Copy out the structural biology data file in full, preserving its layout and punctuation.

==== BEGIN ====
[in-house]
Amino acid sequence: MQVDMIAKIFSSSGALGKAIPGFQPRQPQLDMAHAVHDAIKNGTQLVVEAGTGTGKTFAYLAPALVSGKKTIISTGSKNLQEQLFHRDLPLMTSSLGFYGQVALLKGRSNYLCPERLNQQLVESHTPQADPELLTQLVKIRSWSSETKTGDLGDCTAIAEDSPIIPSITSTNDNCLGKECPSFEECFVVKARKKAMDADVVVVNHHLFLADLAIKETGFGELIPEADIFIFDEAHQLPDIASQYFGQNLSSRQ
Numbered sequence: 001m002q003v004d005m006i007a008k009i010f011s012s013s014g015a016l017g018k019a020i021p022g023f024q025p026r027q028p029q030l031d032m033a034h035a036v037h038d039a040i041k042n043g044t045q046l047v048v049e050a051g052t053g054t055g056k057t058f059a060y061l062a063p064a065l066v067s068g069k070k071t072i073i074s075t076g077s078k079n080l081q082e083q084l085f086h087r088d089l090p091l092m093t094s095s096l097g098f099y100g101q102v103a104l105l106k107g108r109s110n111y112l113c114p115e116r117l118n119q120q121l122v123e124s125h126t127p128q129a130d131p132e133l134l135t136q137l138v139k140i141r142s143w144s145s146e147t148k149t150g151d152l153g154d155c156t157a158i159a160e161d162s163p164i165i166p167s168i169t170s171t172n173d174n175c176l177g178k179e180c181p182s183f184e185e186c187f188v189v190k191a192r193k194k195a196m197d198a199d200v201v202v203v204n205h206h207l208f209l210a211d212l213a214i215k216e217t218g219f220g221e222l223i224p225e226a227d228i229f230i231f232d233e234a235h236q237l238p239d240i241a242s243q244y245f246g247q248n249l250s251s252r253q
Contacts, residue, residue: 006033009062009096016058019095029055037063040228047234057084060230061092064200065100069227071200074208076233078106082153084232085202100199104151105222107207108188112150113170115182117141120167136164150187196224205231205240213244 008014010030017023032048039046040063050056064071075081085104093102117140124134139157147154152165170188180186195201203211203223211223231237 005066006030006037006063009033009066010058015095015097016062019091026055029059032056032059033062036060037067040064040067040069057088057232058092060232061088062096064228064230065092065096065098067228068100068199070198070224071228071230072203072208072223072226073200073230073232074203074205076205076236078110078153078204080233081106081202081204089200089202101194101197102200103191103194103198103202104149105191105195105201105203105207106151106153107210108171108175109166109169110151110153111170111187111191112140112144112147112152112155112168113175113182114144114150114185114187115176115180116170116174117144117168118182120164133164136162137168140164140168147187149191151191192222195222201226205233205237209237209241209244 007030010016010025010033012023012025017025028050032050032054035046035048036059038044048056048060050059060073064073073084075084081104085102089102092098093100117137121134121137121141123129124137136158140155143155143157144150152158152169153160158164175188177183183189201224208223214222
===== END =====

[in-house]
Amino acid sequence: MQVDMIAKIFSSSGALGKAIPGFQPRQPQLDMAHAVHDAIKNGTQLVVEAGTGTGKTFAYLAPALVSGKKTIISTGSKNLQEQLFHRDLPLMTSSLGFYGQVALLKGRSNYLCPERLNQQLVESHTPQADPELLTQLVKIRSWSSETKTGDLGDCTAIAEDSPIIPSITSTNDNCLGKECPSFEECFVVKARKKAMDADVVVVNHHLFLADLAIKETGFGELIPEADIFIFDEAHQLPDIASQYFGQNLSSRQ
Numbered sequence: 001m002q003v004d005m006i007a008k009i010f011s012s013s014g015a016l017g018k019a020i021p022g023f024q025p026r027q028p029q030l031d032m033a034h035a036v037h038d039a040i041k042n043g044t045q046l047v048v049e050a051g052t053g054t055g056k057t058f059a060y061l062a063p064a065l066v067s068g069k070k071t072i073i074s075t076g077s078k079n080l081q082e083q084l085f086h087r088d089l090p091l092m093t094s095s096l097g098f099y100g101q102v103a104l105l106k107g108r109s110n111y112l113c114p115e116r117l118n119q120q121l122v123e124s125h126t127p128q129a130d131p132e133l134l135t136q137l138v139k140i141r142s143w144s145s146e147t148k149t150g151d152l153g154d155c156t157a158i159a160e161d162s163p164i165i166p167s168i169t170s171t172n173d174n175c176l177g178k179e180c181p182s183f184e185e186c187f188v189v190k191a192r193k194k195a196m197d198a199d200v201v202v203v204n205h206h207l208f209l210a211d212l213a214i215k216e217t218g219f220g221e222l223i224p225e226a227d228i229f230i231f232d233e234a235h236q237l238p239d240i241a242s243q244y245f246g247q248n249l250s251s252r253q
Contacts, residue, residue: 006033009062009096016058019095029055037063040228047234057084060230061092064200065100069227071200074208076233078106082153084232085202100199104151105222107207108188112150113170115182117141120167136164150187196224205231205240213244 008014010030017023032048039046040063050056064071075081085104093102117140124134139157147154152165170188180186195201203211203223211223231237 005066006030006037006063009033009066010058015095015097016062019091026055029059032056032059033062036060037067040064040067040069057088057232058092060232061088062096064228064230065092065096065098067228068100068199070198070224071228071230072203072208072223072226073200073230073232074203074205076205076236078110078153078204080233081106081202081204089200089202101194101197102200103191103194103198103202104149105191105195105201105203105207106151106153107210108171108175109166109169110151110153111170111187111191112140112144112147112152112155112168113175113182114144114150114185114187115176115180116170116174117144117168118182120164133164136162137168140164140168147187149191151191192222195222201226205233205237209237209241209244 007030010016010025010033012023012025017025028050032050032054035046035048036059038044048056048060050059060073064073073084075084081104085102089102092098093100117137121134121137121141123129124137136158140155143155143157144150152158152169153160158164175188177183183189201224208223214222